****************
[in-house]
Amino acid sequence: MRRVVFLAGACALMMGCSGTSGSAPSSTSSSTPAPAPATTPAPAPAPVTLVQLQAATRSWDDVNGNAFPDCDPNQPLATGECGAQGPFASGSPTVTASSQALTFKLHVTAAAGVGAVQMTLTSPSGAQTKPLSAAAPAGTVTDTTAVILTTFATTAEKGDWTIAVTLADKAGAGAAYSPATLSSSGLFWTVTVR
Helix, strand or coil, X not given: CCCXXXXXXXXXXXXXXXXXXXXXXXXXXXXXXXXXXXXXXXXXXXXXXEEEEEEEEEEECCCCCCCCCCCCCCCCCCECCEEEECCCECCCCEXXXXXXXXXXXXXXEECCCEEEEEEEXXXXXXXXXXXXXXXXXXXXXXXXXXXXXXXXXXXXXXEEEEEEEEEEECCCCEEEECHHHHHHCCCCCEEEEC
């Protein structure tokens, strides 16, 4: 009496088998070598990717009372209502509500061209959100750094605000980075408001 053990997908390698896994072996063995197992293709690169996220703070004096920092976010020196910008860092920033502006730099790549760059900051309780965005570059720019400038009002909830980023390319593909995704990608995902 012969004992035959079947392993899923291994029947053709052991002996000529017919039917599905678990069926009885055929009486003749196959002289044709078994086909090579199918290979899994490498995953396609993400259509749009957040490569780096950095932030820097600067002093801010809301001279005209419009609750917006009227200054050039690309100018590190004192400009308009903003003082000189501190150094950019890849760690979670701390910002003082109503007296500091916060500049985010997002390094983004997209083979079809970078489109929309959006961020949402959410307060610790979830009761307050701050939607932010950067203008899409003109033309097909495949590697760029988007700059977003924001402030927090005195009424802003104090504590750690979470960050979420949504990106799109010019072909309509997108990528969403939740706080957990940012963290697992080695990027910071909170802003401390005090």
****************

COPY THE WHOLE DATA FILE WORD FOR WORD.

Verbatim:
[in-house]
Amino acid sequence: MRRVVFLAGACALMMGCSGTSGSAPSSTSSSTPAPAPATTPAPAPAPVTLVQLQAATRSWDDVNGNAFPDCDPNQPLATGECGAQGPFASGSPTVTASSQALTFKLHVTAAAGVGAVQMTLTSPSGAQTKPLSAAAPAGTVTDTTAVILTTFATTAEKGDWTIAVTLADKAGAGAAYSPATLSSSGLFWTVTVR
Helix, strand or coil, X not given: CCCXXXXXXXXXXXXXXXXXXXXXXXXXXXXXXXXXXXXXXXXXXXXXXEEEEEEEEEEECCCCCCCCCCCCCCCCCCECCEEEECCCECCCCEXXXXXXXXXXXXXXEECCCEEEEEEEXXXXXXXXXXXXXXXXXXXXXXXXXXXXXXXXXXXXXXEEEEEEEEEEECCCCEEEECHHHHHHCCCCCEEEEC
């Protein structure tokens, strides 16, 4: 009496088998070598990717009372209502509500061209959100750094605000980075408001 053990997908390698896994072996063995197992293709690169996220703070004096920092976010020196910008860092920033502006730099790549760059900051309780965005570059720019400038009002909830980023390319593909995704990608995902 012969004992035959079947392993899923291994029947053709052991002996000529017919039917599905678990069926009885055929009486003749196959002289044709078994086909090579199918290979899994490498995953396609993400259509749009957040490569780096950095932030820097600067002093801010809301001279005209419009609750917006009227200054050039690309100018590190004192400009308009903003003082000189501190150094950019890849760690979670701390910002003082109503007296500091916060500049985010997002390094983004997209083979079809970078489109929309959006961020949402959410307060610790979830009761307050701050939607932010950067203008899409003109033309097909495949590697760029988007700059977003924001402030927090005195009424802003104090504590750690979470960050979420949504990106799109010019072909309509997108990528969403939740706080957990940012963290697992080695990027910071909170802003401390005090």